Cahnite (Cahnit in German, Cahnita in Spanish, Канит in Russian) is a brittle white or colorless mineral that has perfect cleavage and is usually transparent. It usually forms tetragonal-shaped crystals and it has a hardness of 3 mohs. Cahnite was discovered in the year 1921. It was named Cahnite to honor Lazard Cahn (1865–1940), who was a mineral collector and dealer. It is usually found in the Franklin Mine, in Franklin, New Jersey. Until the year 2002, when a sample of cahnite was found in Japan, that was the only known place that cahnite was located. The geological environment that it occurs in is in pegmatites cutting a changed zinc orebody. The chemical formula for cahnite is Ca2B[AsO4](OH)4. It is made up of 26.91% calcium, 3.63% boron, 25.15% arsenic, 1.35% hydrogen, and 42.96% oxygen. It has a molecular weight of 297.91 grams. Cahnite is not radioactive. Cahnite is associated with these other minerals: willemite, rhodonite, pyrochroite, hedyphane, datolite, and baryte.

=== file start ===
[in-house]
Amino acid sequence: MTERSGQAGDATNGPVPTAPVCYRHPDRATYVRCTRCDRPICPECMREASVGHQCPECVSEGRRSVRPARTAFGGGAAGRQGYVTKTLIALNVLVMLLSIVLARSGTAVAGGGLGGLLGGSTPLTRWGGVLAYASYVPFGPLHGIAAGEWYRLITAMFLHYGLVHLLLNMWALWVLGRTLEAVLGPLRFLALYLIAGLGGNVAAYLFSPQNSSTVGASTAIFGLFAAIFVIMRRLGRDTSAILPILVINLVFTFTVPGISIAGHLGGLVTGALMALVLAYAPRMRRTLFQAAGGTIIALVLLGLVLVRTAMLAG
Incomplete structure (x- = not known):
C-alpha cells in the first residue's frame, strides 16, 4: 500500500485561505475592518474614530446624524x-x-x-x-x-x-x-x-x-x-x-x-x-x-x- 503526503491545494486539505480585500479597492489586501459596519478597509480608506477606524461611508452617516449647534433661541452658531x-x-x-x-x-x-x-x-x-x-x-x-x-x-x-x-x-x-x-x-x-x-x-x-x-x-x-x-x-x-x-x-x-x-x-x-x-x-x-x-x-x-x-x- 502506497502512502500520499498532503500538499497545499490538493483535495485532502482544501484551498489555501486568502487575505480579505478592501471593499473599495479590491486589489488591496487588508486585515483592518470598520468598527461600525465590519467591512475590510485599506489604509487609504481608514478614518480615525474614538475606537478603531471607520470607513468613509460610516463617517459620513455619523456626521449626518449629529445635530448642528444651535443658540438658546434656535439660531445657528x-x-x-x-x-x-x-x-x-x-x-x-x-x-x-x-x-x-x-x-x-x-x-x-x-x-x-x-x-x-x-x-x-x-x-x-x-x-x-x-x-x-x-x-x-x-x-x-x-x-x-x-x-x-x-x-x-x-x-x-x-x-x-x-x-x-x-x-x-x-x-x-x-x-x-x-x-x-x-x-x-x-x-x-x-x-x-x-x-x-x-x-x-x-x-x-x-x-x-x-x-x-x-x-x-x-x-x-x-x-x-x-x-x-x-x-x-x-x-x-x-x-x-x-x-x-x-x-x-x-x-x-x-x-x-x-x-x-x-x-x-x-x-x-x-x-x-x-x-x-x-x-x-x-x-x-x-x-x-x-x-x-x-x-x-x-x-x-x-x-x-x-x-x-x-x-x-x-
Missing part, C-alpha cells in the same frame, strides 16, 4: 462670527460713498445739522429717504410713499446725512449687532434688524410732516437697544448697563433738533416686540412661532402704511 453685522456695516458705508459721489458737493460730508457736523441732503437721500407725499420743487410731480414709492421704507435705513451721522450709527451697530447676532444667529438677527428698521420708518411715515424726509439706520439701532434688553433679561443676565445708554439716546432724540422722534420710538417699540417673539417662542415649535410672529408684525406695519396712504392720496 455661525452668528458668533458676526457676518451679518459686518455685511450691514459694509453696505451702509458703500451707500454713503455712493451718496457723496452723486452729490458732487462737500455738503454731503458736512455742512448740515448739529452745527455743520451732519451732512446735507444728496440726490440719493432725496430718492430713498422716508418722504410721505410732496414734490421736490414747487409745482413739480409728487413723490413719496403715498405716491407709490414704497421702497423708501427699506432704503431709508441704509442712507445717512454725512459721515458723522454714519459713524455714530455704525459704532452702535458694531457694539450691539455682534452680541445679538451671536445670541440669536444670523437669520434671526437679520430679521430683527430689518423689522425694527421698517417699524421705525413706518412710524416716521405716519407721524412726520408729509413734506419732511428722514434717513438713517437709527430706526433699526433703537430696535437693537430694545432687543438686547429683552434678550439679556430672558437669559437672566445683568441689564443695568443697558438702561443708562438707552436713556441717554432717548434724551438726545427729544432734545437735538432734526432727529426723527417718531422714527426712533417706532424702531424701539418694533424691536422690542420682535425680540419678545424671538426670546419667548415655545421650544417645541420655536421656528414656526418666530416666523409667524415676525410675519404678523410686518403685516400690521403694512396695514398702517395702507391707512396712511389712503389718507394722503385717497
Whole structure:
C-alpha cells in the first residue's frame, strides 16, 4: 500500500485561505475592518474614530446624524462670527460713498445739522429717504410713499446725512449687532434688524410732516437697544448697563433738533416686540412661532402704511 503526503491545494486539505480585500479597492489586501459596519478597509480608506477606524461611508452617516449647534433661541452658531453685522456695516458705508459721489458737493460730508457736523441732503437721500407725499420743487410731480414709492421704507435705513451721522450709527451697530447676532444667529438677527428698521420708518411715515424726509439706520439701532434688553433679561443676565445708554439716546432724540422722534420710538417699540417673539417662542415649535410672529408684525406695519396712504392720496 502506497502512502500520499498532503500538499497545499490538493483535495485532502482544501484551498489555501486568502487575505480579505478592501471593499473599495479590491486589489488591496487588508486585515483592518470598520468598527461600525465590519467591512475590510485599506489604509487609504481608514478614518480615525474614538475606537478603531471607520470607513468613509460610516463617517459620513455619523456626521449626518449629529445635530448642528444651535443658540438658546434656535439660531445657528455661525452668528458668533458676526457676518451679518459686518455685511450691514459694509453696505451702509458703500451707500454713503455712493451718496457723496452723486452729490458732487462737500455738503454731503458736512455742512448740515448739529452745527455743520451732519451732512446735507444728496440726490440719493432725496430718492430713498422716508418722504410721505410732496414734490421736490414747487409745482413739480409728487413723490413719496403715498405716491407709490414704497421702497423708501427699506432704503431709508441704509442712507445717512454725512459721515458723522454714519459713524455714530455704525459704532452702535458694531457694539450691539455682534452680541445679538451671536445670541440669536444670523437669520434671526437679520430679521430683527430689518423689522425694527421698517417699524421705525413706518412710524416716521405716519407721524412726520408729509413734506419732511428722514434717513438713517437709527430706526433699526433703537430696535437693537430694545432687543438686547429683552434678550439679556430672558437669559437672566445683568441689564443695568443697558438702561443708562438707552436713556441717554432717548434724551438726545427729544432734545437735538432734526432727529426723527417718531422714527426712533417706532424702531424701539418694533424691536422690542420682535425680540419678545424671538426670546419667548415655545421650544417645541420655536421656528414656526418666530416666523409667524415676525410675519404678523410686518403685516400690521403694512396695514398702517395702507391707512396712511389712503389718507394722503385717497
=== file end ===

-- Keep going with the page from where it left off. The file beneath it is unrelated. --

Cahnite on rhodonite
|Crystal class||Disphenoidal (4) |
(same H-M symbol)
|Color||Colorless to white|
|Mohs scale hardness||3|